Some of the events in this movie are slightly dramatized like Donovan's house being shot up by anti-communist Americans, and Donovan witnessing a shooting at the Berlin wall. However, it is close to the truth, because Donovan really was sent hate mail, and incidents like that really did happen at the Berlin wall. Thanks to wikipedia for keeping a page on all these real-life people. Thanks for Disney for distributing this film worldwide, it made a lot of money at the box office, and rightfully so.

This is one great film. I highly recommend it, although the sixties called and they want their foriegn policy back, which just means times have changed since then. Peace, Love, and Best Wishes, Ruben and Mike.

Wednesday, February 3, 2016

More short facebook reviews for Oscar nominated films 2016

Mike and I rented "The Martian," from Comcast's Xfinity On Demand, and found it to very enjoyable, funny as much as it is exciting. This movie was probably made after the popularity of "Gravity," but it's different from that. "The Martian" is science fiction with a human heart, and doesn't need as many edge of your seat action sequences.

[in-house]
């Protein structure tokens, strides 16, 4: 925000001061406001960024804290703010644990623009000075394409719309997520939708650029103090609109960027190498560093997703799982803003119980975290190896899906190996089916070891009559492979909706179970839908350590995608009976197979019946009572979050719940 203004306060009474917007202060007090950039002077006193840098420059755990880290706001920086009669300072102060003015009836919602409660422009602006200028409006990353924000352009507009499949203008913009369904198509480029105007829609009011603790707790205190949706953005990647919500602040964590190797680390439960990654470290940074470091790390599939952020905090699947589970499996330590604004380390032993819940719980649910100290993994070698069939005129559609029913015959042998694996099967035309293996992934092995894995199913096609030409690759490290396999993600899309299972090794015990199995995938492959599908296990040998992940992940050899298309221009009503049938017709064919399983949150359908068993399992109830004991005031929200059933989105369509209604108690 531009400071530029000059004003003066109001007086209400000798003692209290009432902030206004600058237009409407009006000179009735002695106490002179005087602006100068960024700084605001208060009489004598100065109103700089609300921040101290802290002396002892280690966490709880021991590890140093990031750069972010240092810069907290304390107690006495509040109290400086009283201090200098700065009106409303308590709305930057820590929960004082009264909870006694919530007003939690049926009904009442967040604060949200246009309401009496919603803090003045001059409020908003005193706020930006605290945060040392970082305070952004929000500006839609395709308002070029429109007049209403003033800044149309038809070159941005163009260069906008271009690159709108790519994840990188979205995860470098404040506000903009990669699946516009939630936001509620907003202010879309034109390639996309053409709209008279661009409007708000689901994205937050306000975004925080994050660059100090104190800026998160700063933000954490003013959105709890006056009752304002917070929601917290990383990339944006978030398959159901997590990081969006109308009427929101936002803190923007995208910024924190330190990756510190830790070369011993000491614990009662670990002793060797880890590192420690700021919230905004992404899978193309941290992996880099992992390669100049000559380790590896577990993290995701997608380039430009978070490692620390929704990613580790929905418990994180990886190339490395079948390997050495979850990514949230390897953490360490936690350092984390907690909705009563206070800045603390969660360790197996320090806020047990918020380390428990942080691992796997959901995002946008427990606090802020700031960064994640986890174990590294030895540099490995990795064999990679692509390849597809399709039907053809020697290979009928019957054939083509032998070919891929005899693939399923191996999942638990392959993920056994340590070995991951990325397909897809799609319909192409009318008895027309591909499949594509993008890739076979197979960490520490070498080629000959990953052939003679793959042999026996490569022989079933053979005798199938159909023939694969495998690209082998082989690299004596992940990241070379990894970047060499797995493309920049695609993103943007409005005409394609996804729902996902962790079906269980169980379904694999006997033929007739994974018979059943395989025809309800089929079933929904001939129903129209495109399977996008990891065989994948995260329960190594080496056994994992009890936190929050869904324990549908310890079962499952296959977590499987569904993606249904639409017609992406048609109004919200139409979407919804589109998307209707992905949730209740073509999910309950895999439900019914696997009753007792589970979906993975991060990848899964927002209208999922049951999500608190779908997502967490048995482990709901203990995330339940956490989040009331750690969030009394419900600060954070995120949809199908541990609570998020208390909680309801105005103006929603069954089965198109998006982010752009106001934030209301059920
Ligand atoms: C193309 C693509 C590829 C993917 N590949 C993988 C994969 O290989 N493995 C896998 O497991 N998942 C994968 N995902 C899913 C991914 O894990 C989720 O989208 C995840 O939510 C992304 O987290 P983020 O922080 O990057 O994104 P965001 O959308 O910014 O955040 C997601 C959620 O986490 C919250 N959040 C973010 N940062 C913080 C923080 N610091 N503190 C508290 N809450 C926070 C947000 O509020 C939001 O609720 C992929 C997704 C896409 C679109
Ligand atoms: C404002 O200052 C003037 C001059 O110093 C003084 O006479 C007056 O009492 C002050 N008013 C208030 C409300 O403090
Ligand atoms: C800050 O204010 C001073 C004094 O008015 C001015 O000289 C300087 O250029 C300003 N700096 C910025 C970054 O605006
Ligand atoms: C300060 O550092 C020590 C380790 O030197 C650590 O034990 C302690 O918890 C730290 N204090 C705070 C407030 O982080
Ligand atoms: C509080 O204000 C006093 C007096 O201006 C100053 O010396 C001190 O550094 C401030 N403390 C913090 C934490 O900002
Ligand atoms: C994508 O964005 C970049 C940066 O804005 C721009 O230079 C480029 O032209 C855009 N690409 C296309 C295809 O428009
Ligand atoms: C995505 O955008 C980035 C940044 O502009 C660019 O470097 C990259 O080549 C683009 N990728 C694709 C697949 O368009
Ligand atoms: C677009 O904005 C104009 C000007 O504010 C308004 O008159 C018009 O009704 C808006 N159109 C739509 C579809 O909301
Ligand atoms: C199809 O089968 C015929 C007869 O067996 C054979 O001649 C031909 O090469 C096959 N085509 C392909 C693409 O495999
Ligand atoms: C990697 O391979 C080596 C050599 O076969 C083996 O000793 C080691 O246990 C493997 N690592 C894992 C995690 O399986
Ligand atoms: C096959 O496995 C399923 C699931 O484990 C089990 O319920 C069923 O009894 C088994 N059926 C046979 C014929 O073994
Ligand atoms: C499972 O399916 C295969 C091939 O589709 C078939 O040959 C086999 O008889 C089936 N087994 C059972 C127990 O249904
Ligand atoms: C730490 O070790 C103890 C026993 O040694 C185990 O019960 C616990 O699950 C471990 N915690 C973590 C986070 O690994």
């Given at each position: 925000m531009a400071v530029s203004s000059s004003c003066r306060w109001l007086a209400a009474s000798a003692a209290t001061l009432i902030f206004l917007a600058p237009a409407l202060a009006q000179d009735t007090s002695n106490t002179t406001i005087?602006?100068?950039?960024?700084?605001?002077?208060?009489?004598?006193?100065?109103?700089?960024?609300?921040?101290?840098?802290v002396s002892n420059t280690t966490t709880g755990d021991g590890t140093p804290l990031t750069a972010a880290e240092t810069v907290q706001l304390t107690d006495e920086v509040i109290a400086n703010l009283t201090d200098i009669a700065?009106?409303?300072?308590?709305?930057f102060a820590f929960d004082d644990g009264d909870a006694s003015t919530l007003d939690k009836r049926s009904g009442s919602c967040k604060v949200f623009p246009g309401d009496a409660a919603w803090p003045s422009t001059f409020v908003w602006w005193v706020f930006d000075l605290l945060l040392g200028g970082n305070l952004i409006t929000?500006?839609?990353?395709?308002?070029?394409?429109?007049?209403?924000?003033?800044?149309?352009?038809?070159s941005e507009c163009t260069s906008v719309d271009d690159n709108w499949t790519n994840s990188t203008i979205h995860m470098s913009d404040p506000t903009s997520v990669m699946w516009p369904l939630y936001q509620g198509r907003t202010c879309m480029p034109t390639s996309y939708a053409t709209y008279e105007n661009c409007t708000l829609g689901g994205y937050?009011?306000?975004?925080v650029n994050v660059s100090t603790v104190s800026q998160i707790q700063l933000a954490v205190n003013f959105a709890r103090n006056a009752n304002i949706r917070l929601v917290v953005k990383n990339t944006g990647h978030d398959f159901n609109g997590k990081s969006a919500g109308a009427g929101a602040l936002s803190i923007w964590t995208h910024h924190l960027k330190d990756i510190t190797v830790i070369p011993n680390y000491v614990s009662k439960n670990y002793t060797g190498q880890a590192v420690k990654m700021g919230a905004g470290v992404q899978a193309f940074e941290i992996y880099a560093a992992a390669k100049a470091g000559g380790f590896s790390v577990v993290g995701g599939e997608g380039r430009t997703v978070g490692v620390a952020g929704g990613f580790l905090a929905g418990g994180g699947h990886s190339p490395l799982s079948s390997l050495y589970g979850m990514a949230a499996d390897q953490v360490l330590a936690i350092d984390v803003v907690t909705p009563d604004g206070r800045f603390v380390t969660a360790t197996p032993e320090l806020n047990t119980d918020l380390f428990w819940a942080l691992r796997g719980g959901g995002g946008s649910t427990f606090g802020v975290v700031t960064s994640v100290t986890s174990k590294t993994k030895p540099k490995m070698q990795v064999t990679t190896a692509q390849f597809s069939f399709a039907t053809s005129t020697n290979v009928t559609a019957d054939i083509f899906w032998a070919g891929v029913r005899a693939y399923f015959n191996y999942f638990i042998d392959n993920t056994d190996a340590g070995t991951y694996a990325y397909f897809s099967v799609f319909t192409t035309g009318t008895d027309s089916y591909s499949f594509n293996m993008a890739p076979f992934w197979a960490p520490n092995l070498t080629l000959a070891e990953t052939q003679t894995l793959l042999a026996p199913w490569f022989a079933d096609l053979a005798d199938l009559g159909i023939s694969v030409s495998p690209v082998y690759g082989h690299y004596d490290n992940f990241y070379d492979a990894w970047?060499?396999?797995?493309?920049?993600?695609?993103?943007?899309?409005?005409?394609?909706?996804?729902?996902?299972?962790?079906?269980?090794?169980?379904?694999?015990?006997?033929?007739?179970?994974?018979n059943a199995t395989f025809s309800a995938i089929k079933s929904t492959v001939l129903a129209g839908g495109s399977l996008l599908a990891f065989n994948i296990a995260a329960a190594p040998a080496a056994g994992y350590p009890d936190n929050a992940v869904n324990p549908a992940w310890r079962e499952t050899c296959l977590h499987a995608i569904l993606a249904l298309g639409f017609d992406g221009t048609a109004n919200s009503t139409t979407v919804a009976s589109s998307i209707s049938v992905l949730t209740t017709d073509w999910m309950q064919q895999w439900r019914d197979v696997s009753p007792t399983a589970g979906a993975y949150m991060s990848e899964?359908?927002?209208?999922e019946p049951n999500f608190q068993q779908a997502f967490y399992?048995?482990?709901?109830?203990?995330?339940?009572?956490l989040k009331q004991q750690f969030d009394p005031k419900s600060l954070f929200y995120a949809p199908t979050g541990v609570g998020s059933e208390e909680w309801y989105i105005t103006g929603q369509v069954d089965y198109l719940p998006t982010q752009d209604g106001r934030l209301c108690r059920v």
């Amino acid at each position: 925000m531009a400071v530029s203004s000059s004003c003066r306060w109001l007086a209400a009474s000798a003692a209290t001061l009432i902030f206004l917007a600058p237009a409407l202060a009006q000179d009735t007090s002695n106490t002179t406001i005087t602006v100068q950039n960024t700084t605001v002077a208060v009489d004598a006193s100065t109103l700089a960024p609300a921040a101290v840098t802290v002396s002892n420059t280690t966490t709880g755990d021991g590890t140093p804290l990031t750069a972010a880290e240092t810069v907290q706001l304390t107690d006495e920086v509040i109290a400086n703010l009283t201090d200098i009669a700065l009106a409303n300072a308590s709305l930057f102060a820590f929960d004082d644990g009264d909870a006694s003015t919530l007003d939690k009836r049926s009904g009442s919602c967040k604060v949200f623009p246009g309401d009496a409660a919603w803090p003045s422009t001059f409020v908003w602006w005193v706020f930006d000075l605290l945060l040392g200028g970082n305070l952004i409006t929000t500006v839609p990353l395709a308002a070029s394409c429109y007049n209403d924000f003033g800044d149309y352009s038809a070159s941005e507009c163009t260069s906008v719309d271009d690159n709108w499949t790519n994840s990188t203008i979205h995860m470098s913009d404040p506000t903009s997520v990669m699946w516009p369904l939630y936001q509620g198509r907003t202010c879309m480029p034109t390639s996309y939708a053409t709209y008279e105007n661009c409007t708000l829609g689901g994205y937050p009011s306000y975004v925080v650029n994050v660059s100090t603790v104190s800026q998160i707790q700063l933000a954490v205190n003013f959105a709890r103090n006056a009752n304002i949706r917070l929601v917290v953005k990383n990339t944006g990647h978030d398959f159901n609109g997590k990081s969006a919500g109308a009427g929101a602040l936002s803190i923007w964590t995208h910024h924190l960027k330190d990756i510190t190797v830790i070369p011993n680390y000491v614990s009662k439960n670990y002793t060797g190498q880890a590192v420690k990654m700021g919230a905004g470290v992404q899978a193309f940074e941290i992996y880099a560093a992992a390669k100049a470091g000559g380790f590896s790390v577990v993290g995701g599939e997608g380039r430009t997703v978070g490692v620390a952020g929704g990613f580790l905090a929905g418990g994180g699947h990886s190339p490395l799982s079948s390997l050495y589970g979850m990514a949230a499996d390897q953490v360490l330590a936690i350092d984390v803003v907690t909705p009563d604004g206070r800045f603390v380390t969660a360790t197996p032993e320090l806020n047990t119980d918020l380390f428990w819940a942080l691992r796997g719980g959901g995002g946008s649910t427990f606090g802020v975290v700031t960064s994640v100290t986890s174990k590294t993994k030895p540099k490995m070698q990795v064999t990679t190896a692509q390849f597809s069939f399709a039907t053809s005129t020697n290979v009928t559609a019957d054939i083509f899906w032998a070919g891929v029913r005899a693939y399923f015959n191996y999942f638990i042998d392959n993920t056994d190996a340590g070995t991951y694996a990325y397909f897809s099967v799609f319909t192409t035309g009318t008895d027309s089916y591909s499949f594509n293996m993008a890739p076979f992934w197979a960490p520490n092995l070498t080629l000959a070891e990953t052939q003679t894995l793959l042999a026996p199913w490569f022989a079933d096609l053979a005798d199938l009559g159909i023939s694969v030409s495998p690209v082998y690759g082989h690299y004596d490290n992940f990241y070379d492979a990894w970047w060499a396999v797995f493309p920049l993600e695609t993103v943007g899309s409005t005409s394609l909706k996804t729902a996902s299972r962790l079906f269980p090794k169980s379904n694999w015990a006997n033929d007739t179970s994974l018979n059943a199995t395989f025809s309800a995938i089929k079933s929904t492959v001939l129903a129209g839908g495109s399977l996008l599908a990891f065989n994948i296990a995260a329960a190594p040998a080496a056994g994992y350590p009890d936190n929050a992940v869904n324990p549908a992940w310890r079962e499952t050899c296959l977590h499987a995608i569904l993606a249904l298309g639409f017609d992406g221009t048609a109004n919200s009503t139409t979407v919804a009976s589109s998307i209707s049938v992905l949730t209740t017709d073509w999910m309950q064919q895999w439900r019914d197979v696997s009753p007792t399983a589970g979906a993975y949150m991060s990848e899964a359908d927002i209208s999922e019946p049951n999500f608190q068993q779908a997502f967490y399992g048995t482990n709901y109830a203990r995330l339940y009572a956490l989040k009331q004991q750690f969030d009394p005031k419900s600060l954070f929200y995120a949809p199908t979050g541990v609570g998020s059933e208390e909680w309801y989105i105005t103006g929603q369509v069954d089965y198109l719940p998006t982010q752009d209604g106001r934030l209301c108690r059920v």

Based on the best-selling novel by Andy Weir, "The Martian" imagines a world of the near future, where NASA is smart enough to send astronauts on missions to Mars, and send messages back and forth as quick as text messages. Matt Damon is great in this film, and deserves his Oscar nomination, because he gets into the heart and mind of his character by keeping a video journal. We as an audience feel Mark Watney's fear, and feel his joy and triumph. We really enjoyed this film, and I loved the multi-cultural cast, bringing science into the Twenty-first Century.

Mark Watney (Matt Damon) is determined to survive, even though he has a fear that he may not, and NASA is determined to rescue him, and that's enough to keep us interested in this story until the very end.